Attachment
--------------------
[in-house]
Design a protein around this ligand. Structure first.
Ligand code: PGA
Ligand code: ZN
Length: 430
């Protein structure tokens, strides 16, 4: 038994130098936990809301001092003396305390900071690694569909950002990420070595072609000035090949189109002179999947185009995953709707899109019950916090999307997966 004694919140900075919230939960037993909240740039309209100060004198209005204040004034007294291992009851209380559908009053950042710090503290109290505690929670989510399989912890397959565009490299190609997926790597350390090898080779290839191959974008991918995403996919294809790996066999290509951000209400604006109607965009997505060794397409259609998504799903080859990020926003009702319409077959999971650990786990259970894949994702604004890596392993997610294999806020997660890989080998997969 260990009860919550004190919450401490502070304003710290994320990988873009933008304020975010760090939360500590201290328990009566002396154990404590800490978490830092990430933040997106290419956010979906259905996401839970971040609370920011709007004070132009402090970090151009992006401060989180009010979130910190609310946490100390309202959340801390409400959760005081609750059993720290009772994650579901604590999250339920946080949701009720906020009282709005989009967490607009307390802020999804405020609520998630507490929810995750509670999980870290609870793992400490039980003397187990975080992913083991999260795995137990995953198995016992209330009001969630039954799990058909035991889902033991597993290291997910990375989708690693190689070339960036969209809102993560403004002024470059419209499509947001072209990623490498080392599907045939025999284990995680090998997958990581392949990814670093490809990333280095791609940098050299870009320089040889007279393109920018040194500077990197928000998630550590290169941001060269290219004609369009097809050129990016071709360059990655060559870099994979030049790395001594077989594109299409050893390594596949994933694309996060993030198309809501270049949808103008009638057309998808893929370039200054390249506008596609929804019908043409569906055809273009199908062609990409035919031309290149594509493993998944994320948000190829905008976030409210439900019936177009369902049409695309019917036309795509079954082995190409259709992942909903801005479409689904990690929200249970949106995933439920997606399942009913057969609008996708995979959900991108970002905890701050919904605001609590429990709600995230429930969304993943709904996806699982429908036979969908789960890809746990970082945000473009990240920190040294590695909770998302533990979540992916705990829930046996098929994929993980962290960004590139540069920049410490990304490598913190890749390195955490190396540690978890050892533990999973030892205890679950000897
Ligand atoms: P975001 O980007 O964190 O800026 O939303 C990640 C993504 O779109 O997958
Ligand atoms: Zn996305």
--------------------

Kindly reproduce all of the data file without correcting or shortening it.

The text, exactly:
[in-house]
Design a protein around this ligand. Structure first.
Ligand code: PGA
Ligand code: ZN
Length: 430
């Protein structure tokens, strides 16, 4: 038994130098936990809301001092003396305390900071690694569909950002990420070595072609000035090949189109002179999947185009995953709707899109019950916090999307997966 004694919140900075919230939960037993909240740039309209100060004198209005204040004034007294291992009851209380559908009053950042710090503290109290505690929670989510399989912890397959565009490299190609997926790597350390090898080779290839191959974008991918995403996919294809790996066999290509951000209400604006109607965009997505060794397409259609998504799903080859990020926003009702319409077959999971650990786990259970894949994702604004890596392993997610294999806020997660890989080998997969 260990009860919550004190919450401490502070304003710290994320990988873009933008304020975010760090939360500590201290328990009566002396154990404590800490978490830092990430933040997106290419956010979906259905996401839970971040609370920011709007004070132009402090970090151009992006401060989180009010979130910190609310946490100390309202959340801390409400959760005081609750059993720290009772994650579901604590999250339920946080949701009720906020009282709005989009967490607009307390802020999804405020609520998630507490929810995750509670999980870290609870793992400490039980003397187990975080992913083991999260795995137990995953198995016992209330009001969630039954799990058909035991889902033991597993290291997910990375989708690693190689070339960036969209809102993560403004002024470059419209499509947001072209990623490498080392599907045939025999284990995680090998997958990581392949990814670093490809990333280095791609940098050299870009320089040889007279393109920018040194500077990197928000998630550590290169941001060269290219004609369009097809050129990016071709360059990655060559870099994979030049790395001594077989594109299409050893390594596949994933694309996060993030198309809501270049949808103008009638057309998808893929370039200054390249506008596609929804019908043409569906055809273009199908062609990409035919031309290149594509493993998944994320948000190829905008976030409210439900019936177009369902049409695309019917036309795509079954082995190409259709992942909903801005479409689904990690929200249970949106995933439920997606399942009913057969609008996708995979959900991108970002905890701050919904605001609590429990709600995230429930969304993943709904996806699982429908036979969908789960890809746990970082945000473009990240920190040294590695909770998302533990979540992916705990829930046996098929994929993980962290960004590139540069920049410490990304490598913190890749390195955490190396540690978890050892533990999973030892205890679950000897
Ligand atoms: P975001 O980007 O964190 O800026 O939303 C990640 C993504 O779109 O997958
Ligand atoms: Zn996305």